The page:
January 17, 2008
Over the past weekend, I drove myself and my daughter to the airport in the Jeep Wrangler to catch our plane to the 2008 Detroit Auto Show. After 20 miles on the freeway, she'd had enough. The constant freeway noise, coupled with the rough ride pushed her into a serious state of seven-year-old crabbiness which lasted until she saw our local Chrysler PR rep at the airport gate. Poor guy was also heading to Detroit, and had no idea he was about to be ambushed by a pint-sized automotive journalist.
"I don't like the Jeep," she told him straightaway. "It's too loud and too bumpy." I apologized for her attitude and bought her off with some over-priced Burger King fries.
At the other end of the gate area, I tried to convince her of the Wrangler's merits. I lauded its off-road capability, and reminded her that you could remove the soft-top for some fresh air fun. I told her she shouldn't judge the Jeep so harshly until after she had a chance to enjoy it in its true element.
Apparently, it didn't take. When we returned to the Los Angeles airport several days later, she opted to ride home with my husband in his Volvo S60 instead.
Kelly Toepke, News Editor @ 10,866 miles
January 03, 2008
My friend Sara used to own a 1997 Jeep Grand Cherokee Laredo, which she had for many years and which she still loves to this day so I thought she might have an appreciation for our 2007 Jeep Wrangler. But when we were driving back from the mall last night and chatting, a propos of nothing Sara would insert a comment about the Jeep into our conversation. She has ridden in our Wrangler many times before so I found it curious that she just made these observations now.
"It sure is a noisy car."
"These headrests are hard."
OK, these might not be ground-breaking observations but I thought it was interesting that a former Jeep owner had them and seemed surprised that a Jeep has these traits...
Caroline Pardilla, Deputy Managing Editor @ 10,570 miles
December 03, 2007
"Hey, what do you think of your _______?"
Drive around a variety of new, occasionally interesting cars and you'll frequently be asked this question. For strangers, I've long since skipped explaining that it's not really mine (unless it's a real heap and/or the Compass), and instead found it to be a great way to find out what I really think of a car. You're first response is usually the one closest to your gut, like one of those rapid-fire question exercises when someone throws in a serious question amongst a bunch of mundane ones to see how you really feel ("Boxers or briefs?" "Chocolate or vanilla?" "Do you stay with Victoria, or go for it with Robin?")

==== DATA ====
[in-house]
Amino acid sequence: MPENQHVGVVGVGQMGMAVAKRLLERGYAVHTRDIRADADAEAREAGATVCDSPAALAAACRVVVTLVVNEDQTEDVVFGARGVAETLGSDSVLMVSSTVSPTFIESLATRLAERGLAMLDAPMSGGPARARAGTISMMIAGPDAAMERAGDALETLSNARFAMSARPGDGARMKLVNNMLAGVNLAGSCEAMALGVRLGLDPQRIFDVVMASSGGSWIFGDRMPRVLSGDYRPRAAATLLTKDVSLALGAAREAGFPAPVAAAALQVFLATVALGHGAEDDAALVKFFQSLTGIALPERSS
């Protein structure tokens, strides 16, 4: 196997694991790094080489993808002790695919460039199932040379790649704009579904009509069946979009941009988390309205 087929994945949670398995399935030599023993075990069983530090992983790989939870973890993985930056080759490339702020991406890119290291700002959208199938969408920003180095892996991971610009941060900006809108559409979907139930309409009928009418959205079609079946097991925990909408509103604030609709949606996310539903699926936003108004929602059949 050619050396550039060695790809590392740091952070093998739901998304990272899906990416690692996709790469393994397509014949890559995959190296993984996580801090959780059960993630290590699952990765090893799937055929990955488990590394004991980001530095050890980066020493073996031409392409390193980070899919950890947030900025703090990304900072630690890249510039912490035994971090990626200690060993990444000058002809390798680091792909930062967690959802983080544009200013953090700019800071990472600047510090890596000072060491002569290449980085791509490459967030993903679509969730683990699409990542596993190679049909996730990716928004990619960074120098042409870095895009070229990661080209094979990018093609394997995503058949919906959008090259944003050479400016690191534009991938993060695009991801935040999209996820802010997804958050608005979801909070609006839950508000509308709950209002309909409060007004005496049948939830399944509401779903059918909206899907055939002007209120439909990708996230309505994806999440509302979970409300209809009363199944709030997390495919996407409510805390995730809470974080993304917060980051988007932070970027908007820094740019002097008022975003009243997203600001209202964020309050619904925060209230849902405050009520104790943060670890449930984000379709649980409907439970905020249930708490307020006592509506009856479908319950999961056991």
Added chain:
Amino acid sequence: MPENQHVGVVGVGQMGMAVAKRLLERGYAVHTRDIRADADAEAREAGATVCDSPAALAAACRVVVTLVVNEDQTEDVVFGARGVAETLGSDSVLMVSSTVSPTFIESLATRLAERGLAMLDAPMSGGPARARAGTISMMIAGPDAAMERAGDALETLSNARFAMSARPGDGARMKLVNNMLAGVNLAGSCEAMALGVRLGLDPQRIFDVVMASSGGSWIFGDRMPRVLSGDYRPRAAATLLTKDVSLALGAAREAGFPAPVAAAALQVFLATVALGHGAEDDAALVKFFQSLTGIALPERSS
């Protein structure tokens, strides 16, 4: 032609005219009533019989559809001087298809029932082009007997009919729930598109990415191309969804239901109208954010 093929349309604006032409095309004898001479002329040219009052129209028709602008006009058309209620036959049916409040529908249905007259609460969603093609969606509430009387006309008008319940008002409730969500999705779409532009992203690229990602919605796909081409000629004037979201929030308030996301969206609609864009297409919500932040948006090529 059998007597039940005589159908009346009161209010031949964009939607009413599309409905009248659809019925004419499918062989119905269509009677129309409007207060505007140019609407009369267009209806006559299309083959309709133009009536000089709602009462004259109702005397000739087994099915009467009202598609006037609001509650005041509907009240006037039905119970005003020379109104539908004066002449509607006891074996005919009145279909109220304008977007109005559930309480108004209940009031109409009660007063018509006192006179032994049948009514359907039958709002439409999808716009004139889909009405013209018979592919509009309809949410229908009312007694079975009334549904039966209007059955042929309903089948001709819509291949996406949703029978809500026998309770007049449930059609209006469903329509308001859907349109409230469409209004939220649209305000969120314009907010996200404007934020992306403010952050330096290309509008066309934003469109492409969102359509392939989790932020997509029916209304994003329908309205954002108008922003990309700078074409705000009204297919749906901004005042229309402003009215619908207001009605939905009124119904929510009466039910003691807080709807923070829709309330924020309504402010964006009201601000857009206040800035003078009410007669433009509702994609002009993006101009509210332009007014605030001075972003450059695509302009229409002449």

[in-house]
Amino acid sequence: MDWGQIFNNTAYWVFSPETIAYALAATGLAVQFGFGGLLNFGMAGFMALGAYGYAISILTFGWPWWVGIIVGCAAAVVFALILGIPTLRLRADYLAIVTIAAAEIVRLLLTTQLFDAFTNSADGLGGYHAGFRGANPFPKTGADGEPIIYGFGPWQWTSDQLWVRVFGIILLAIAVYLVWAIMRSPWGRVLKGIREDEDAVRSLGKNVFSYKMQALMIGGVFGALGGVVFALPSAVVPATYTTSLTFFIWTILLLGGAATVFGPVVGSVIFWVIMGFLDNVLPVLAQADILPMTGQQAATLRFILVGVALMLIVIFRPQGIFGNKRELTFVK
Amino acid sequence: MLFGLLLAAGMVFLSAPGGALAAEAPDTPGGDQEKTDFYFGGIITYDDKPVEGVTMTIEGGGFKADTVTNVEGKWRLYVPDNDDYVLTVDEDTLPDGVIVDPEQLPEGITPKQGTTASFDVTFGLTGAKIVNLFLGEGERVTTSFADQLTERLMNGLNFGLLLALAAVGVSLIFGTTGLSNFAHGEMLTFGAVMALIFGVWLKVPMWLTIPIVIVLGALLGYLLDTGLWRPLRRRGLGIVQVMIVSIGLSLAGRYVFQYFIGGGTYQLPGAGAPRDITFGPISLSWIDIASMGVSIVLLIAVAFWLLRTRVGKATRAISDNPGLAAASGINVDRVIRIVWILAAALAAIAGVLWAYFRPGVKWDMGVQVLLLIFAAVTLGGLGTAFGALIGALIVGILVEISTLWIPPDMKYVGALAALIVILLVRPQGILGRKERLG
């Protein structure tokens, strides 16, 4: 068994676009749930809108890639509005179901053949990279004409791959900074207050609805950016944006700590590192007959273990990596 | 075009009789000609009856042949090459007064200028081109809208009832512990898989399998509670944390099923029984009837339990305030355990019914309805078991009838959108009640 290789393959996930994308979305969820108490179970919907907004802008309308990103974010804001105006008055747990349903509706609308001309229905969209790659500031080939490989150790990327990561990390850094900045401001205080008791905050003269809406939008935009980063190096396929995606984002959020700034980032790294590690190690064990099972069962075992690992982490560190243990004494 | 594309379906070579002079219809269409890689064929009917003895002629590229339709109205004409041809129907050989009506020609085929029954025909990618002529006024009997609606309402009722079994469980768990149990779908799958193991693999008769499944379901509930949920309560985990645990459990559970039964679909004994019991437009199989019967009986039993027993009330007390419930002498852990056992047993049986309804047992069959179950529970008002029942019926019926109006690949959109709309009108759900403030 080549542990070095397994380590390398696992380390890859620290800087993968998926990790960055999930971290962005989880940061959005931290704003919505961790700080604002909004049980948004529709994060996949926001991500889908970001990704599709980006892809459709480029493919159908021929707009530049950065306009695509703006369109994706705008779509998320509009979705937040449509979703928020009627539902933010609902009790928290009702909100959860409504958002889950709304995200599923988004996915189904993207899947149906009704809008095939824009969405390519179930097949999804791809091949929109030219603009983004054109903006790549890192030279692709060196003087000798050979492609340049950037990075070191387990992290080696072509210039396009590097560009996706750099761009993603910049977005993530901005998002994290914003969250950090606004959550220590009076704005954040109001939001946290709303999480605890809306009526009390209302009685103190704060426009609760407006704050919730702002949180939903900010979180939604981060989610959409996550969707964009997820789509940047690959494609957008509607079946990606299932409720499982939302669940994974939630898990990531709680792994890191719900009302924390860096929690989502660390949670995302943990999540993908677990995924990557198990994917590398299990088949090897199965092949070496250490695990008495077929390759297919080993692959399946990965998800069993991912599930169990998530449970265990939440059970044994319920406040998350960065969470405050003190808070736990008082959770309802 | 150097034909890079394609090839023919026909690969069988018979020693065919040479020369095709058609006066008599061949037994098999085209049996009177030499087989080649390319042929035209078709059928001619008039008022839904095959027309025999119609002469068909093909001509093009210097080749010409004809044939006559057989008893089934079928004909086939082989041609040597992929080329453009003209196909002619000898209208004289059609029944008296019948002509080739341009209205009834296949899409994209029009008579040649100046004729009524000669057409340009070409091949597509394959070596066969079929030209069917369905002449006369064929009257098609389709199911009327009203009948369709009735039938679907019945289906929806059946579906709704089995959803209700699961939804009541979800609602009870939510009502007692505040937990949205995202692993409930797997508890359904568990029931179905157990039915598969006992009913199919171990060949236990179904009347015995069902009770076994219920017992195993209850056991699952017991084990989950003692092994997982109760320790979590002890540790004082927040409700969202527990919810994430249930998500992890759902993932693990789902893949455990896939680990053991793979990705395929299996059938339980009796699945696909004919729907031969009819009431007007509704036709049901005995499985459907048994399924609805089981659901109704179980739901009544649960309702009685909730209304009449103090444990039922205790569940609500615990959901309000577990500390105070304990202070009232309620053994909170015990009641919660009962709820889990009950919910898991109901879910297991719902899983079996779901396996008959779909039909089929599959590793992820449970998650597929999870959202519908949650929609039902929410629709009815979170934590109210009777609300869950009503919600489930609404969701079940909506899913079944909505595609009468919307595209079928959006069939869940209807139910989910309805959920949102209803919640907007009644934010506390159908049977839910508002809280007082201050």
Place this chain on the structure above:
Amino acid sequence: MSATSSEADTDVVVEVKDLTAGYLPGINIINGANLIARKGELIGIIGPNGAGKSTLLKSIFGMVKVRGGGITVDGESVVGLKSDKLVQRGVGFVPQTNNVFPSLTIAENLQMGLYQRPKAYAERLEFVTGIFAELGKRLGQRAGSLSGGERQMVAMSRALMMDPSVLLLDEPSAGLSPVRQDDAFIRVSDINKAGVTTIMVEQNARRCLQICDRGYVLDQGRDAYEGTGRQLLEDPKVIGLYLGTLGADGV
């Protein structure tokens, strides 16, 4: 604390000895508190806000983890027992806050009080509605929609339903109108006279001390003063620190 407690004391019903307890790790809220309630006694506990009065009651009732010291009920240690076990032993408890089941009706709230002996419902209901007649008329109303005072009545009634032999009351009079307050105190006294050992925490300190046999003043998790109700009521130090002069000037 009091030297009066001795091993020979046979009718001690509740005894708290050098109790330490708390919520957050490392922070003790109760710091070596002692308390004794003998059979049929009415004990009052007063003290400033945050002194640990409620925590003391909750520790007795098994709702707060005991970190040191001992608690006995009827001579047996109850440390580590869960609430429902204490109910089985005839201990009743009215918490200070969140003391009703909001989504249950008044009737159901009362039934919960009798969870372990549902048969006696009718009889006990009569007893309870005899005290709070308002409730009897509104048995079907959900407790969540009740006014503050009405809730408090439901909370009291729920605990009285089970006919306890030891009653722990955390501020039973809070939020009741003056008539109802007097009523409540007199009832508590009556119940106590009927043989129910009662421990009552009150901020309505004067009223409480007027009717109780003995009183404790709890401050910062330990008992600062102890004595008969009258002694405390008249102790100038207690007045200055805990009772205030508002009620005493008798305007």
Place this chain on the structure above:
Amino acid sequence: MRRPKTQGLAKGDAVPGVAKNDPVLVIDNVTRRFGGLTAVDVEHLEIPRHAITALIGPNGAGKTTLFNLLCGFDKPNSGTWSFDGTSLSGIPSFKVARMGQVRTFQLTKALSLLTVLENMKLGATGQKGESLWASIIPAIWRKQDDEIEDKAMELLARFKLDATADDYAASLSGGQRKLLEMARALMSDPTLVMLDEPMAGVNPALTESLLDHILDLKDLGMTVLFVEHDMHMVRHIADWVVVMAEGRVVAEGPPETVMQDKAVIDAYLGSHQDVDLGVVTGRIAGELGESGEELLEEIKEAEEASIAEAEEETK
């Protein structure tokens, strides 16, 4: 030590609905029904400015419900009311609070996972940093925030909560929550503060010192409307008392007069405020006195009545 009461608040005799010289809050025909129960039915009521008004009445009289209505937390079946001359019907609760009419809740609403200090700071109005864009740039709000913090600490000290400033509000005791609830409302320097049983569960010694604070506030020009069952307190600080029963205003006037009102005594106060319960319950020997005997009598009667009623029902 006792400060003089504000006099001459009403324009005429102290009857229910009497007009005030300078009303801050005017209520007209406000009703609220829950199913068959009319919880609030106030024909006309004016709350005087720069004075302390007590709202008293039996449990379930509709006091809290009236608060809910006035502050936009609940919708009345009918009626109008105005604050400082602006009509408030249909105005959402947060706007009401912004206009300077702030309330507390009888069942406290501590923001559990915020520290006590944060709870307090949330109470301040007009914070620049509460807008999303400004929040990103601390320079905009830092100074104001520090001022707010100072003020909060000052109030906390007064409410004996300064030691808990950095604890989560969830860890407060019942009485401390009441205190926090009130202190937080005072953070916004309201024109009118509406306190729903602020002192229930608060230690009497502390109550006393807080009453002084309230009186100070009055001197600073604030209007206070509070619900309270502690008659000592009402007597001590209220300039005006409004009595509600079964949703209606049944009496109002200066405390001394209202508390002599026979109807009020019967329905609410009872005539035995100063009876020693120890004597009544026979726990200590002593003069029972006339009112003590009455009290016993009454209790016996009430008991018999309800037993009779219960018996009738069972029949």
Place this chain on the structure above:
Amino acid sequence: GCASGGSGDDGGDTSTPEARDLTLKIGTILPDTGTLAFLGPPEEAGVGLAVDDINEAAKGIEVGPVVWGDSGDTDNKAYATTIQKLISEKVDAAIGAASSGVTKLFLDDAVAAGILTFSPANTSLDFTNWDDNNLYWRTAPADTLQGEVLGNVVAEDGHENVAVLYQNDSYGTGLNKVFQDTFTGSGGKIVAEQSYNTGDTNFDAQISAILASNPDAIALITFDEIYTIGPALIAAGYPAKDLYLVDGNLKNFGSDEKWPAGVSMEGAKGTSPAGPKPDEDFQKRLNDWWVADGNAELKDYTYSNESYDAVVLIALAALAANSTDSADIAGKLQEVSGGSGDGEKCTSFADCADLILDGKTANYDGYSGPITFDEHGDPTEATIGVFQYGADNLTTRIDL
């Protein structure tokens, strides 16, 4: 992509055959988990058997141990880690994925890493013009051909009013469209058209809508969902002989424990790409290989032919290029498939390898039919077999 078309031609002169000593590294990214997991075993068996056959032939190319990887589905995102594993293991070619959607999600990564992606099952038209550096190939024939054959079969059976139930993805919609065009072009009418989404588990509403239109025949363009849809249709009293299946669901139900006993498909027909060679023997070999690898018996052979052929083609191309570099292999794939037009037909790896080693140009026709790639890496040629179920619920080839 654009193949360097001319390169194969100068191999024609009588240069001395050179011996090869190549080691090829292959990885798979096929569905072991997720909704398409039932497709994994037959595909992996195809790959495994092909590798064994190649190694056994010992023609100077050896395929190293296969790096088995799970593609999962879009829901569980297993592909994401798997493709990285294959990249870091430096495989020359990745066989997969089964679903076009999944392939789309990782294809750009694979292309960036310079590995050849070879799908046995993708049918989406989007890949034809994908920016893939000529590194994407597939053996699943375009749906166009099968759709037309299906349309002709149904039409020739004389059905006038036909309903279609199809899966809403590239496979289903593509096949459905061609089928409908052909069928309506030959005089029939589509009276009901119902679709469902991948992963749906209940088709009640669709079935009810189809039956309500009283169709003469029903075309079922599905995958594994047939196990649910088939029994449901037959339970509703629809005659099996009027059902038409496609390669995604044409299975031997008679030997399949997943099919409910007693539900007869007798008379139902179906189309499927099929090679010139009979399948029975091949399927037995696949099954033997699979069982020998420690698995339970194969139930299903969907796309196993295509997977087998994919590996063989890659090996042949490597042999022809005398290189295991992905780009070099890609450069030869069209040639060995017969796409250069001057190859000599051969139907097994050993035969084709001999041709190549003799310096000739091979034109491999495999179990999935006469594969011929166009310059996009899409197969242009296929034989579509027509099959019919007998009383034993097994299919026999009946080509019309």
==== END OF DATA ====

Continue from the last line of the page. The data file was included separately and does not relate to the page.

So, using that logic, here's what I really think about the Wrangler. The first being most important, and the subsequent answers showing what happens when pesky old rationality starts to rear its ugly head:Usually Jerk Bouncer at Hollywood Billiards: "Hey, what do you think about your Wrangler?"
(after a second to remember that yes, I apparently own a Wrangler)
Me: "It's surprisingly fun. Great steering. You wouldn't think it, but it's actually really fun to drive around the city. I like it."
Jerk Bouncer: "Cool, I've been thinking about getting one. The two-door version."
Me: "Nice. The top is a pretty big pain to put up and down, so if you're not going to use it much, I'd definitely suggest the hard top. It gets really noisy on the highway with the soft top."
Jerk Bouncer: "Oh, with the wind noise? Does that have a six or a four?"
Me: "It only comes with a six. It's OK around town, but on the highway it stinks. Only has 205 horsepower."